Calif. Immigrants Scramble to File Documents by Jan. 20

Many of California's immigrant farm workers, and their employers, hope the immigrants will be able to remain in the U.S. after the White House changes hands. Photo Credit: Igor Trepeshchenok/BarnImages

Logan Pollard

Public News Service 

LOS ANGELES – Some people in California are scrambling to get their identification and work documents in order by January.

They are immigrants, concerned about President-elect Donald Trump’s campaign promise to deport some 11 million undocumented people.

Some experts think worker roundups are unlikely, given how dependent the state’s economy is on immigrant labor.

California’s lucrative agribusiness is structured around low-wage immigrants – and having to replace them with higher paid workers could throw farm profits out of whack, says Steve Suppan, a senior policy analyst at the Institute for Agriculture and Trade Policy.

“Let’s say you take the average wage up to $15 an hour, and you include benefits,” he points out. “That changes the pricing structure of agriculture, and then it becomes questionable whether, for example, the confined animal-feed operation business model is viable.”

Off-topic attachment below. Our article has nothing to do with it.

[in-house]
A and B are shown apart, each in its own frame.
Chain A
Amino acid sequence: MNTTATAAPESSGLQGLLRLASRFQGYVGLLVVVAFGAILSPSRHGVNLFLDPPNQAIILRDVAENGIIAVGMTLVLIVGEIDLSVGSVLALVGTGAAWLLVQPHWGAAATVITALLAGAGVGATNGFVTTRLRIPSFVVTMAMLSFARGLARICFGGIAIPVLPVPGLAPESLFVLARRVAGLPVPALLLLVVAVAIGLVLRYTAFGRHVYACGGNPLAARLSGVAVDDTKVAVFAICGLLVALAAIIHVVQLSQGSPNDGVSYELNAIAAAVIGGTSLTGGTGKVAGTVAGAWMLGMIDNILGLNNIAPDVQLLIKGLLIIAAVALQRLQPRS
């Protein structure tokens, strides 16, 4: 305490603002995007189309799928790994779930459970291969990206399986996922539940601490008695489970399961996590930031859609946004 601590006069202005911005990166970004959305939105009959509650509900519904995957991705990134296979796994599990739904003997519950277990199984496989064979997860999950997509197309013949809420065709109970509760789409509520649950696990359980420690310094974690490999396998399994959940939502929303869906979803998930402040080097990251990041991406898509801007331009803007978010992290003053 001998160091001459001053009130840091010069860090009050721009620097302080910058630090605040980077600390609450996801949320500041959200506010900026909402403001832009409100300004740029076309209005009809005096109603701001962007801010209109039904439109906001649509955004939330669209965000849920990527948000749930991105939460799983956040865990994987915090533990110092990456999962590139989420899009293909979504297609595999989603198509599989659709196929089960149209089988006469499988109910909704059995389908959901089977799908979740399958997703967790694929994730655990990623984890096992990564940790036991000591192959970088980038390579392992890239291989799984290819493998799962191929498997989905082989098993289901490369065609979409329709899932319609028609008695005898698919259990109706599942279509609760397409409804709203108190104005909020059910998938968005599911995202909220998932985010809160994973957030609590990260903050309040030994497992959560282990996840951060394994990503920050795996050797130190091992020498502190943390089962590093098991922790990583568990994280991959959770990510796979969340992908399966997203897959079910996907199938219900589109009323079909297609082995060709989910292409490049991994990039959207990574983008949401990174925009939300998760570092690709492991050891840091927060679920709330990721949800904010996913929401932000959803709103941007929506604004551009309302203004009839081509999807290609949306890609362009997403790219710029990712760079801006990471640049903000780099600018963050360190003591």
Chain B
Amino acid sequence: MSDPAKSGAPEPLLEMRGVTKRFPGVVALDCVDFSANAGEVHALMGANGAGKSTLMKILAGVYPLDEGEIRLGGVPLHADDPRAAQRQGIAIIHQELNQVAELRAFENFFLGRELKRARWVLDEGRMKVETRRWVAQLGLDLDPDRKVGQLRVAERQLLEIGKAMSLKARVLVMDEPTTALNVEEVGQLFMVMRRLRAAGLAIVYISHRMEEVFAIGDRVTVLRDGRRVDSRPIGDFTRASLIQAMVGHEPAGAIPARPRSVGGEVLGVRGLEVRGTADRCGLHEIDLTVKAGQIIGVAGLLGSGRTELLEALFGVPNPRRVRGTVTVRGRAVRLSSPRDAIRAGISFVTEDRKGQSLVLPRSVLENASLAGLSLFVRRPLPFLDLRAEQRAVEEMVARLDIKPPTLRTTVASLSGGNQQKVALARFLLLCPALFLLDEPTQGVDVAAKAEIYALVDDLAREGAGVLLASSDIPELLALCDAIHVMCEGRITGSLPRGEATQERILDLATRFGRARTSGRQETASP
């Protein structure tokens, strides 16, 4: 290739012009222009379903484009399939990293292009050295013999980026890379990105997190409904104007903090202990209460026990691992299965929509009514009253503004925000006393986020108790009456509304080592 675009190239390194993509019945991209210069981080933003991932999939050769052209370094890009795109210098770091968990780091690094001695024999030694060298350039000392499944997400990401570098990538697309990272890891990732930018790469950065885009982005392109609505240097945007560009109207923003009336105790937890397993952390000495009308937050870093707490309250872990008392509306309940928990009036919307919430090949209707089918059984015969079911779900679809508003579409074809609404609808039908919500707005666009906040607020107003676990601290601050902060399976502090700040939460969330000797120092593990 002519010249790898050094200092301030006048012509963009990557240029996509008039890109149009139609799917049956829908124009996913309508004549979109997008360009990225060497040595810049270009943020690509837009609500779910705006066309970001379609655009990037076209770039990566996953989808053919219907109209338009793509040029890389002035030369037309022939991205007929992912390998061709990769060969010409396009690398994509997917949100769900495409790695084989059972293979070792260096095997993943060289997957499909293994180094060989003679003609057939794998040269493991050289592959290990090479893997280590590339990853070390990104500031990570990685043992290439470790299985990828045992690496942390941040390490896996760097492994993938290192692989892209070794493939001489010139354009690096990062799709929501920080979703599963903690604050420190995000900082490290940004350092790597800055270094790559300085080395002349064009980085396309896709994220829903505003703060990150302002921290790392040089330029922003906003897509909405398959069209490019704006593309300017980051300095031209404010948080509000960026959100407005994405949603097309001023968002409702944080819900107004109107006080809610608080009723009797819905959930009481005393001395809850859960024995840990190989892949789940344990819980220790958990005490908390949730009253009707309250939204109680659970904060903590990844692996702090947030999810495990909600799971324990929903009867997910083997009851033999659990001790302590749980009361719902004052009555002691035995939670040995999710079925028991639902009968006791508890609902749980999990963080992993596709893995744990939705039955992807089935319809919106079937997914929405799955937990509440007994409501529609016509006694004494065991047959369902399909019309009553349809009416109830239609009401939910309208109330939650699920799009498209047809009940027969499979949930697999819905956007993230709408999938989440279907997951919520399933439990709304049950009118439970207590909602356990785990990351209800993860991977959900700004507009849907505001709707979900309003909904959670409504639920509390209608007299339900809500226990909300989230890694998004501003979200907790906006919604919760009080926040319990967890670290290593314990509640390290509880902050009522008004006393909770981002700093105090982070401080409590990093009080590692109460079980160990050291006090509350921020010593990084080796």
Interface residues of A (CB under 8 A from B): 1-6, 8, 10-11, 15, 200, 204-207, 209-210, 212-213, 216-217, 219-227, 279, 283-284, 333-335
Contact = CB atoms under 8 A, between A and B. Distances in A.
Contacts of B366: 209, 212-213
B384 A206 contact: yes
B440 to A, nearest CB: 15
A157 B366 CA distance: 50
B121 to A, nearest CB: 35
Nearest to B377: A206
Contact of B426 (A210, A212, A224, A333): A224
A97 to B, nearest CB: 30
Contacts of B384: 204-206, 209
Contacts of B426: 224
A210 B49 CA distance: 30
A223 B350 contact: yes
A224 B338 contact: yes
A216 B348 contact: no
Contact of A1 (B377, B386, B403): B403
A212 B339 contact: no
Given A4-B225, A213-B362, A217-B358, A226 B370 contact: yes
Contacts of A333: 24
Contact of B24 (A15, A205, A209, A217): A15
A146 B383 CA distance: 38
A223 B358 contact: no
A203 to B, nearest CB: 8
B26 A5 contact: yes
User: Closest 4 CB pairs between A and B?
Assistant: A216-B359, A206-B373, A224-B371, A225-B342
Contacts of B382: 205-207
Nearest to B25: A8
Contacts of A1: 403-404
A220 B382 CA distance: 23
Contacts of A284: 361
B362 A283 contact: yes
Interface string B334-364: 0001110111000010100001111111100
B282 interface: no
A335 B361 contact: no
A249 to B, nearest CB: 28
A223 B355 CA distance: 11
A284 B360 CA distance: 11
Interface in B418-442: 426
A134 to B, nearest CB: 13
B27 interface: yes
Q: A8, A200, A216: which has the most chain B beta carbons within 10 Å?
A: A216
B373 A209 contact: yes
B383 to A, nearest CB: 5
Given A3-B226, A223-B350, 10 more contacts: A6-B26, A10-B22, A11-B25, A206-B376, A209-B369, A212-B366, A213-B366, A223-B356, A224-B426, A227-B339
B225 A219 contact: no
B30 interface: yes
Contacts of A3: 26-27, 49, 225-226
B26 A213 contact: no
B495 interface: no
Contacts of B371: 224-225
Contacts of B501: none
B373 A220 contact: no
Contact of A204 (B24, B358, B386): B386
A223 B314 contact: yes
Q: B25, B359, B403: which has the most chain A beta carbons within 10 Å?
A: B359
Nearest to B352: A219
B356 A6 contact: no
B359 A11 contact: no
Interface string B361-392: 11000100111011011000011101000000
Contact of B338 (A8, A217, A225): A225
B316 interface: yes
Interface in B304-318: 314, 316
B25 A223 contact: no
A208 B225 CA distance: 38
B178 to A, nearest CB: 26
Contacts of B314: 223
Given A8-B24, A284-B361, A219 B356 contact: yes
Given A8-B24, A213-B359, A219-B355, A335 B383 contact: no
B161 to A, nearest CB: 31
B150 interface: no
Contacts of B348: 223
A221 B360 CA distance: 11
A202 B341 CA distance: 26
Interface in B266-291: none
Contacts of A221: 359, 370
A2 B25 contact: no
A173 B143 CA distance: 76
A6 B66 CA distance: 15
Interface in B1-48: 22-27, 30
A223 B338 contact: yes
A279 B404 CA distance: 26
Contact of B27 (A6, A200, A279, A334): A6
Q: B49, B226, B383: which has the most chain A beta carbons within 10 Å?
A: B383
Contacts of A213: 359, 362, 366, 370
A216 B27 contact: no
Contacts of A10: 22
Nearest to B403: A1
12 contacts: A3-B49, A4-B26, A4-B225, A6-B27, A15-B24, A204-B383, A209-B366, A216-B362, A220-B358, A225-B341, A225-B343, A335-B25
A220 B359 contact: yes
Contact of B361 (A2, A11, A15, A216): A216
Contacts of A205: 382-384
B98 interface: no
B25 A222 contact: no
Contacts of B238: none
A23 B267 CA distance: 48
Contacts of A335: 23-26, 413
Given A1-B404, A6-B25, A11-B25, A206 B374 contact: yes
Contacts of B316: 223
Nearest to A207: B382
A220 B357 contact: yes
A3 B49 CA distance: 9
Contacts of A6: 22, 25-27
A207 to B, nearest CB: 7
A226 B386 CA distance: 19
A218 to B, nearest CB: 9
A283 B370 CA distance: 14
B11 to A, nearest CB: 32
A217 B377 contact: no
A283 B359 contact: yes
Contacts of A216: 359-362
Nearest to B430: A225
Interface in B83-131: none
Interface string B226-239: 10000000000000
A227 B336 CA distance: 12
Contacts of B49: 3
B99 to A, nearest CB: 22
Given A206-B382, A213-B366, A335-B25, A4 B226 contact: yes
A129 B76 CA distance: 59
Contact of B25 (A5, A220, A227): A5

For the most part, California has welcomed its 2.4 million undocumented immigrants with a pathway for obtaining driver’s licenses, health care through Medi-Cal, and college scholarships.

Now, there’s a proposal by Democratic state lawmakers for a fund to help cover legal fees in deportation disputes.

Given the powerful influence of the farm lobby, it may succeed in keeping its workforce in place, in California and across the country. But Suppan does think some deportations will happen, perhaps as a show of force by the new administration.

“There are going to be, definitely, some fairly spectacular roundups, at least of the type that will show, you know, ‘victory for America’ – the immigrant deportation variation on the ‘Carrier saving 700 jobs,’” he states. “So, I expect to see a fair amount of public relations outreach concerning migrants.”

Some California communities are already bracing for the possibility. The Los Angeles County Board of Supervisors votes in January on creating a $10 million fund for immigrant legal defense. Santa Clara County is also looking into the idea.